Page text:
Tuesday 30 June 2020

Western Tanager

    I was thrilled the other day to see a Western Tanager.  I was wheeling a cartful of split firewood over to stack beside the fence, when I looked up and noticed a yellow leaf half hidden behind the otherwise green leaves of a birch tree.  The thought struck me that that yellow leaf was about the same color as a Tanager, but the thought didn’t go any further.  Then as I got closer to the tree, the “leaf” flew off, but landed on a stump of my now dead cherry tree.  It was a Tanager.
    Male Western Tanagers are beautiful colorful birds.  I always enjoyed getting a sight of one, but hadn’t seen any around our house for years.  A week ago, I spotted one as I walked by the garden, but it immediately flew off.  Luckily, this time it stuck around long enough for me to go to the house, get my camera, and take some pictures.
    Tanagers live in Western North America and over winter in Mexico and Costa Rica.   In the early 1800‘s when Lewis and Clark made their expedition to the Pacific, Lewis saw a Tanager and made note of it in his diary.

You can see my photo-realistic paintings at:  davidmarchant2.ca

Monday 29 June 2020

Fraser River; Thou Banks Runneth Over

    Here are a couple of photos that I took from the Halfway Lookout on McBride Peak on Saturday.

You can view my paintings at:  davidmarchant2.ca

Sunday 28 June 2020

Horseshoe Lake Flooding

    Above is a photo of Horseshoe Lake Road, the road we usually walk down.   It will be a while before we walk down it again because the Fraser River has flooded, submerging the whole around the lake with water.
    I took the photo below from the halfway lookout on McBride peak.  You can see Horseshoe Lake (the bluer water).  Normally it has a distinct horseshoe shape, but now water fills the area between its arms, and the area between it and the Fraser River.

You can see my paintings at:  davidmarchant2.ca

Saturday 27 June 2020

Cows in the Pasture

    I was attracted to these spotted cows feasting on new grass in a pasture the other evening.  I liked the  distinct black and white coloration of the cows against the soft greens and blues of their surroundings.  We’ve had a lot of rain and so the pastures are rich with grass.

You can view my paintings at:  davidmarchant2.ca

Friday 26 June 2020

New Sink, No Water

    Last week I spent days putting in a new sink in the kitchen and this week we have had days with no water.  Well, more accurately, we have some water in the blue container you see in the photo.  We got some from friends, but we don’t have any coming through our waterline because of the powerful torrent of water presently pouring down Sunbeam Falls that is preventing us from correcting whatever problem is causing our stoppage.  It is either that our intake filter is clogged or the culvert has filled with gravel preventing water from getting to our intake.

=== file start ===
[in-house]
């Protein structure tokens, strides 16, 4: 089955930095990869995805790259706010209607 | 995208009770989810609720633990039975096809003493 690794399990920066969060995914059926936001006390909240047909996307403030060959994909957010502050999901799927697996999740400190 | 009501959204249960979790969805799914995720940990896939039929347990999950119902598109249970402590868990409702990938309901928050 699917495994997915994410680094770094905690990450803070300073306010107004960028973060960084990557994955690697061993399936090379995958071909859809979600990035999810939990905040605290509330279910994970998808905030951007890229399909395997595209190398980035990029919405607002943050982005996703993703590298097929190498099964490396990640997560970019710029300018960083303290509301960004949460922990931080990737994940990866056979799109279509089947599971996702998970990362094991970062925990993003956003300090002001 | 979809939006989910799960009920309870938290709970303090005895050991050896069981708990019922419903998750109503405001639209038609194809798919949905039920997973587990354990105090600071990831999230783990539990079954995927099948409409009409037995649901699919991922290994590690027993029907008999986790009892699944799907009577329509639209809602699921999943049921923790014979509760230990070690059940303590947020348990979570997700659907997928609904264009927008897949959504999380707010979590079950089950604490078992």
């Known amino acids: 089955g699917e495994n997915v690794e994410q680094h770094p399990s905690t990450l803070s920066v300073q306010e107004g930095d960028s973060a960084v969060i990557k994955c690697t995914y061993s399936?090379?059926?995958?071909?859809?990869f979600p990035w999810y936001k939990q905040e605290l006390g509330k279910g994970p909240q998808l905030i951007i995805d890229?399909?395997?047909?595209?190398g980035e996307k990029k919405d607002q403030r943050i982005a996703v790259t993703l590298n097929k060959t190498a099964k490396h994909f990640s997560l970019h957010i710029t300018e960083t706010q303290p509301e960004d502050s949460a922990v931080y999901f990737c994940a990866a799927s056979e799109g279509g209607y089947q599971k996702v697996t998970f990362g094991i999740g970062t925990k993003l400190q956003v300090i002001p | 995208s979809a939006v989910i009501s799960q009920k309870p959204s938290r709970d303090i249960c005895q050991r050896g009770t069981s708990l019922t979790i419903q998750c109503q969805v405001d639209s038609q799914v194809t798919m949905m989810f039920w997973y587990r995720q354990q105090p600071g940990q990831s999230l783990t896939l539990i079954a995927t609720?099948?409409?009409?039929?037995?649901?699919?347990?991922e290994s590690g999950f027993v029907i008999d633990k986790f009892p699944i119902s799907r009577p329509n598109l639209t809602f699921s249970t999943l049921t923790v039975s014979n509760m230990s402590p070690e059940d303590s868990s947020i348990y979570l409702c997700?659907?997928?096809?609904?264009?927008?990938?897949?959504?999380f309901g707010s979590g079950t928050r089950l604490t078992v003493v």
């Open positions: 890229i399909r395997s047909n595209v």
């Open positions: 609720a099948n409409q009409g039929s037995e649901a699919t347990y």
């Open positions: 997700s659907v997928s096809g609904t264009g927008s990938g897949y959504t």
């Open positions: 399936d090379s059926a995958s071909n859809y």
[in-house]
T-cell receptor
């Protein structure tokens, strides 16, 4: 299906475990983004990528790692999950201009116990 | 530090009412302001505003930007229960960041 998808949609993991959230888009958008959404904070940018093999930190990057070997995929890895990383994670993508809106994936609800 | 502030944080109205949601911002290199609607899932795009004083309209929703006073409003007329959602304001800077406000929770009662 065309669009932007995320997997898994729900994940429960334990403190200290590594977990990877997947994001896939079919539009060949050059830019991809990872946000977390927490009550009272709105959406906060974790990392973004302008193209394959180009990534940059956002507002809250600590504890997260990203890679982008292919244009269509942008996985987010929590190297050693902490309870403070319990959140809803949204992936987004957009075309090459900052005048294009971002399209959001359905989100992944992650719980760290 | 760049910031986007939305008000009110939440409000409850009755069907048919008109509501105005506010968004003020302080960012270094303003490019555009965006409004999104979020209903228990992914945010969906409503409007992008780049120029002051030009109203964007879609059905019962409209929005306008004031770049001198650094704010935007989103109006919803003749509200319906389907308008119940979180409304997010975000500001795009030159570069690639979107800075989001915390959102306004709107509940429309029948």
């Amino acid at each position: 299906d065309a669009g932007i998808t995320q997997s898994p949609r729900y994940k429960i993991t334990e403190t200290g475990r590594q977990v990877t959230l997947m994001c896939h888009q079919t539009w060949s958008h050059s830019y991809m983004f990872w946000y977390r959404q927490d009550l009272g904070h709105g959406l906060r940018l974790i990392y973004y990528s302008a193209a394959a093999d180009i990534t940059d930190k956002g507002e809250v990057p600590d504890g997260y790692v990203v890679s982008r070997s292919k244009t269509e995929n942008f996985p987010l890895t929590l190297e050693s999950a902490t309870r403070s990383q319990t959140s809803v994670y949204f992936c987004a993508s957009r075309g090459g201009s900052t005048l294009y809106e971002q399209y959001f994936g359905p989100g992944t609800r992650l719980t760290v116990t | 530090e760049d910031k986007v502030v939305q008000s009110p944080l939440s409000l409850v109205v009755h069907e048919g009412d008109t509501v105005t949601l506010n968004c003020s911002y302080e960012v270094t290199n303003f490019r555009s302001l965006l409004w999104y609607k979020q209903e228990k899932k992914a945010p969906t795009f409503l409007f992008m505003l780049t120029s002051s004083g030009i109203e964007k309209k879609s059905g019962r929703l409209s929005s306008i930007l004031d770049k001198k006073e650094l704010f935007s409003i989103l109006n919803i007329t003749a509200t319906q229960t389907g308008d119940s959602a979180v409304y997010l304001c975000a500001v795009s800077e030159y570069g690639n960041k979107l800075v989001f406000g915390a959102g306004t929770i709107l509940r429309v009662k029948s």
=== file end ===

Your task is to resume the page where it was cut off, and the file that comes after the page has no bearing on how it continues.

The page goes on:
In the past we have suffered through similar household “droughts,” so we know how to adapt.  The blue container is permanently stored in our shop for such emergencies.   One of the major headaches we have when our water goes down is the inability to flush the toilet, but fortunately we have an outhouse.

    We are not the only ones with water problems.  The entire Village of McBride has been told not to drink their water.  It always seems a bit strange to have no water when all of the creeks and rivers are overflowing with excess water.  The old saying, “Water, water, everywhere; and not a drop to drink” comes to mind.

You can view my paintings:  davidmarchant2.ca

Thursday 25 June 2020

Fraser River Flooding

    I woke up to hear the Robson Valley mentioned during the provincial news on the radio.  They announced that 70 households along the Dore River had been put on “Evacuation Alert” due to flooding.  Shortly thereafter I got a call from Glen, a neighbor who is on our waterline.  He said that our water had stopped, so we hiked up to Sunbeam Falls to see what we could do.  The water was tumbling down the falls with such force that it was too dangerous for us to do much of anything.  
    We were able to clear some of the rocks off of the grid on the top of our culvert and to raise the water gate to try to flush out the culvert, but that was all.  That did give us a bit of a trickle of water at home, but it is pretty murky looking.  We will have to wait until the flow diminishes before we can really do anything.